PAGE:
“Do you need any help with that stuff? I know I’m not a genius or anything, but I might be able to figure it out.”

“Trust me, Aunt Becky,” Katie formulated her response. “School has changed dramatically since you went there. ‘The Theory of Backseat Philosophies’ is no longer offered as an elective. I know. I tried to sign up for it. I got Algebra instead. Lucky me.”

Becky looked at her, slightly cross, and gave in anyway. “I love you so much, kid,” she said truthfully. “Even though you possess the twisted logic of all the deranged men in your family.”

“I love you too,” Katie returned the sentiment. “And I hope you do decide to marry my Uncle Johnny. He’s a good guy but he could use some taming. It would give him something more to do other than drink beer and look at dirty pictures on the internet, even if some of those pictures are of you.”

“You saw those, huh?” Becky blushed. “He told me that he deleted those. Remind me to kill your uncle when he gets home.”

“Yeah, that ‘Theories of Backseat Philosophies’ class must’ve really paid off,” Katie snickered again.

“You know way too much about too many things, Ms. Katie Liberman and, sometimes, that bothers me to the point where I’m not sure if I’m going to be able to sleep underneath the same roof with you,” Becky grinned.

“Likewise,” Katie said with a dramatic nod of her head.  “I’m hiding your camera tonight.”

The ladies finally returned to silence and went on about their business in the home of Johnny Haynes. Though neither of them said it, the problems which plagued the young girl still raged on in each of their heads as relentlessly as the rain beating against the outer walls of the old home. Unfortunately, the answers and solutions to all of Katie’s problems couldn’t be reconciled by anyone within the confines of the house, and it would all have to wait until her mother decided to stumble in later that evening…if she did at all. It was comforting, in a way, to finally see the raindrops streaking down the room’s windows. It made them both feel as though they weren’t the only ones in the world crying.

***

Johnny Haynes threw open the doors to the American Legion with a vengeance.

“Damn,” he exclaimed loudly. “I love the smell of beer, smoke, old people, death, and bullshit war stories in the afternoon!”

The patrons at the bar barely flinched at his presence, which had nearly become a regular Friday occurrence. They could almost quote him word for word when he entered. It was the exact same greeting week after week, and it’d become tiresome months earlier. They all seemed to groan in unison, turn their attention back to their half empty beer glasses, and ignore him as usual. Toby followed close behind with his head hung low in depression and disgust. 

“You know,” Toby began his usual speech. “One of these days you’re going to come in here and do that, and some young veteran is going to be sitting in here waiting to kick the living hell out of you.”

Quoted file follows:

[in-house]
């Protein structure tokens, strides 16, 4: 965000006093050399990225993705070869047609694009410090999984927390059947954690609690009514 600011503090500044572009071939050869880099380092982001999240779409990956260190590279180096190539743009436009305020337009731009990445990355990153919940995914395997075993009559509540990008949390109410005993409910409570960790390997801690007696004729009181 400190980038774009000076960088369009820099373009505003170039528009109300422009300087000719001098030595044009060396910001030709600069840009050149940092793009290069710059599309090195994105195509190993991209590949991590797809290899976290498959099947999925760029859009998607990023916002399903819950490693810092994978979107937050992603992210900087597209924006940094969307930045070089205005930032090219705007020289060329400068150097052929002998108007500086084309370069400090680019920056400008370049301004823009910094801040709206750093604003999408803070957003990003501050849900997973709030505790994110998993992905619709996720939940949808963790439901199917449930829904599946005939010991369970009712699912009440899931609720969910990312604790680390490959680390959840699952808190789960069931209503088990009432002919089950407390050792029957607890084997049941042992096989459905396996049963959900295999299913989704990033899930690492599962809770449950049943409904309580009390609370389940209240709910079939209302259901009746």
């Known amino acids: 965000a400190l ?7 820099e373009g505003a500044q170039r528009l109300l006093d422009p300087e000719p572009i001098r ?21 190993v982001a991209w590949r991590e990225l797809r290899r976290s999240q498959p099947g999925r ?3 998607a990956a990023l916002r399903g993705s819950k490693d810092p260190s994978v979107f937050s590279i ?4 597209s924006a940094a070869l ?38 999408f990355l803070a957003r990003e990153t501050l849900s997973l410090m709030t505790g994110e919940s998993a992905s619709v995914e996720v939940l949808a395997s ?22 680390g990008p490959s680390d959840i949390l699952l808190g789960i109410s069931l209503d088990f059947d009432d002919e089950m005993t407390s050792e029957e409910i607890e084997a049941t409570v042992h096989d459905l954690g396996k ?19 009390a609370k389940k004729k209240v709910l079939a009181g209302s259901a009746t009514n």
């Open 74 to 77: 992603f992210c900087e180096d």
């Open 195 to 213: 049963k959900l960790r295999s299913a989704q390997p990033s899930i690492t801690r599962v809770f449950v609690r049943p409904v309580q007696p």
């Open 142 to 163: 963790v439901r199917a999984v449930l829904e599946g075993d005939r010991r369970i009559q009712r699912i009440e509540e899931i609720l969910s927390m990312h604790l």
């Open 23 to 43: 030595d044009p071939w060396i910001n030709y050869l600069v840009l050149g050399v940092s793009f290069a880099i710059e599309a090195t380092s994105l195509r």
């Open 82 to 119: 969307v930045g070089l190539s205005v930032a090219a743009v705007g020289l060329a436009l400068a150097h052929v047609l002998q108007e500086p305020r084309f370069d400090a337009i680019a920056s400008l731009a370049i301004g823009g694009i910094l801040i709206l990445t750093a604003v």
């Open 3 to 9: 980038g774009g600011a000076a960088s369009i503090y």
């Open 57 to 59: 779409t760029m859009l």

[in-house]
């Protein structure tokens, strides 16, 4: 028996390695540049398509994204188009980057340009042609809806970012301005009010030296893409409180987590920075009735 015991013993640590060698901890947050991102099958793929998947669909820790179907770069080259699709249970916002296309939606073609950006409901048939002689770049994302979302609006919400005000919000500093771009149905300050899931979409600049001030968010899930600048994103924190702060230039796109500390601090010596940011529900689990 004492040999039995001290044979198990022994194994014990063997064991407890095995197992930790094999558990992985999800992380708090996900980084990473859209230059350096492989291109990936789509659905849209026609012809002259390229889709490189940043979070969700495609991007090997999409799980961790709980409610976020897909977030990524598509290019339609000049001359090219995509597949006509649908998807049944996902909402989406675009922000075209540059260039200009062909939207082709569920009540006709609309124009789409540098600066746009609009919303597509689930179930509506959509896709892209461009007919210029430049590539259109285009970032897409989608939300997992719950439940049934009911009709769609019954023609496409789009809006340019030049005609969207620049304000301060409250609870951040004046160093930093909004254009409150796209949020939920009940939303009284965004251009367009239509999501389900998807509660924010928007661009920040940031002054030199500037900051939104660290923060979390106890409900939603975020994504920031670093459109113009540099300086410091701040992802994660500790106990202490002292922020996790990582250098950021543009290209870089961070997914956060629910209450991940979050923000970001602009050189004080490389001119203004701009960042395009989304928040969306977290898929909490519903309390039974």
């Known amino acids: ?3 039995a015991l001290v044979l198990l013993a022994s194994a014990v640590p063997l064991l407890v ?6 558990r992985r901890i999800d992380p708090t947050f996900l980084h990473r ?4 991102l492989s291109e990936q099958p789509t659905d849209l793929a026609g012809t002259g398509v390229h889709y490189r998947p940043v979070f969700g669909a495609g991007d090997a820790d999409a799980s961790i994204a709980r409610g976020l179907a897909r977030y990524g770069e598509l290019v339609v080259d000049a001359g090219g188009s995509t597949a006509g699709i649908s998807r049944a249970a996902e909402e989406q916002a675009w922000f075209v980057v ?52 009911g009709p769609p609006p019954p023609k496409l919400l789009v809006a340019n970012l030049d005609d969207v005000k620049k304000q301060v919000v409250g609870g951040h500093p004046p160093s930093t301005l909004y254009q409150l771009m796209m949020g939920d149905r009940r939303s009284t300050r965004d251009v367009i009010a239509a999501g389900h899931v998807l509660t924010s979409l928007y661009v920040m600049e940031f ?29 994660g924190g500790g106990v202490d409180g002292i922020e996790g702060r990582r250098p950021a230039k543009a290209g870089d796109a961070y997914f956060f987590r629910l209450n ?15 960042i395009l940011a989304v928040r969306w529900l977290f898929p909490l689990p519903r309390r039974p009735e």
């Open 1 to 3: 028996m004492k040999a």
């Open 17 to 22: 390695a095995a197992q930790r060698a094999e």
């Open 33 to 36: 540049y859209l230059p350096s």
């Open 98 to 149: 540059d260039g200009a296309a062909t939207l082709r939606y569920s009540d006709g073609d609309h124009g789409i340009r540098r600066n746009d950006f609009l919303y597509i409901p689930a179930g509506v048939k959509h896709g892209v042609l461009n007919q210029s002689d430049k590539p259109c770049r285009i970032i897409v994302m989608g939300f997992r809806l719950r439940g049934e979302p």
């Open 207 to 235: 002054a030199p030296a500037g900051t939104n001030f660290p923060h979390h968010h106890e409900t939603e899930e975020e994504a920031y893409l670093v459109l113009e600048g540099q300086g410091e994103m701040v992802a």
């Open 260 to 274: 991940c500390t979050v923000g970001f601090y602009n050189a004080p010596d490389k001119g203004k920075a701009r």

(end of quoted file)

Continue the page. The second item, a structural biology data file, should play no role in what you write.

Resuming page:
“Oh please!” Johnny replied. “The only thing that separates this place from the bar in Star Wars is the fact that I’m not about to drink a glass of blue milk and animatronic puppets are a lot more entertaining to endure.”

“Okay, I can see from where this is heading that it’s going to be another one of those nights where we get drunk and have a Star Wars discussion,” Toby said with a slight grin.

“Well, what the hell else are we going to talk about?” Johnny continued. “The path to destruction your marriage with my sister is undeniably barreling down? Jewish philosophy? I don’t think so, my friend. I want to drink beer and enjoy it, not choke on it.”

“Sometimes, I don’t think that would be such a bad turn of events. You choking, I mean,” Toby fired.

“Hell no!” Johnny spoke a little too loudly. “If you think I’m going to let you drop to your knees and put your mouth on me, it better be for another reason and the destination of your mouth would be further south.”

A couple of the patrons slammed their beers to the bar, gathered their belongings, and headed for the door in disgust. Putting up with this type of behavior was tolerable if the person was drinking there all afternoon, but Johnny Haynes hadn’t so much as put a glass to his lips and was already scaring away the paying customers. He considered it a talent but most everyone else found it to be a nuisance. 

“Do you see what you just did?” Toby asked him in awe.

“Yes, I do. I just got us a couple of seats at the bar. Pure genius at its finest,” Johnny answered. “Make sure you wipe the film that those fogies left behind before you sit down. I’m sure they’ve been silently busting butt cheeks out of their adult diapers all afternoon.”

“You know, one of these days you’re going to be old, and I hope, although it seems highly unlikely, that someone just like you only younger will torment you,” Toby informed him.

“Two Blue Moons, please,” Johnny ordered to the bartender before turning his attention back to Toby. “That is a highly unlikely possibility, my future ex brother-in-law.”

“Which part?” Toby asked him. “The part about getting old or the part about someone giving you a hard time?”

“Both!” Johnny began. “I don’t plan on getting old. I’ll more than likely die a horrible death within the next few years at the hands of one of these dope freaks that are running around here, long before I have the opportunity to register for my social security. If I do live to the ripe old age of who knows what, no one is going to mess with me because I’ll carve my name in their forehead with a broken beer bottle.”